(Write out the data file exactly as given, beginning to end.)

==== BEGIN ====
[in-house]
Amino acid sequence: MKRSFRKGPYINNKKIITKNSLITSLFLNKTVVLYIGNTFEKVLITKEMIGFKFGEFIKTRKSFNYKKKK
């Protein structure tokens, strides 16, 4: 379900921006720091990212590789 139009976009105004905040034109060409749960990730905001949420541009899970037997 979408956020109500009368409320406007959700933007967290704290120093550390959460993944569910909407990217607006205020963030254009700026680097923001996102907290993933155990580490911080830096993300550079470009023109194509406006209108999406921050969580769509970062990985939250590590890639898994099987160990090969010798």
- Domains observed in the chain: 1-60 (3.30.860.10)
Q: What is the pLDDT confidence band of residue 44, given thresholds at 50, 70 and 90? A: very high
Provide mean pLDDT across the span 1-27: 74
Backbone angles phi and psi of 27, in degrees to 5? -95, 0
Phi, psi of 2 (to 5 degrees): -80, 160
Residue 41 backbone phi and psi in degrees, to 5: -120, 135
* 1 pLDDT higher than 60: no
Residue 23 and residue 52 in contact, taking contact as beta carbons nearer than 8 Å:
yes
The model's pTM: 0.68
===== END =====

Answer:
[in-house]
Amino acid sequence: MKRSFRKGPYINNKKIITKNSLITSLFLNKTVVLYIGNTFEKVLITKEMIGFKFGEFIKTRKSFNYKKKK
């Protein structure tokens, strides 16, 4: 379900921006720091990212590789 139009976009105004905040034109060409749960990730905001949420541009899970037997 979408956020109500009368409320406007959700933007967290704290120093550390959460993944569910909407990217607006205020963030254009700026680097923001996102907290993933155990580490911080830096993300550079470009023109194509406006209108999406921050969580769509970062990985939250590590890639898994099987160990090969010798």
- Domains observed in the chain: 1-60 (3.30.860.10)
Q: What is the pLDDT confidence band of residue 44, given thresholds at 50, 70 and 90? A: very high
Provide mean pLDDT across the span 1-27: 74
Backbone angles phi and psi of 27, in degrees to 5? -95, 0
Phi, psi of 2 (to 5 degrees): -80, 160
Residue 41 backbone phi and psi in degrees, to 5: -120, 135
* 1 pLDDT higher than 60: no
Residue 23 and residue 52 in contact, taking contact as beta carbons nearer than 8 Å:
yes
The model's pTM: 0.68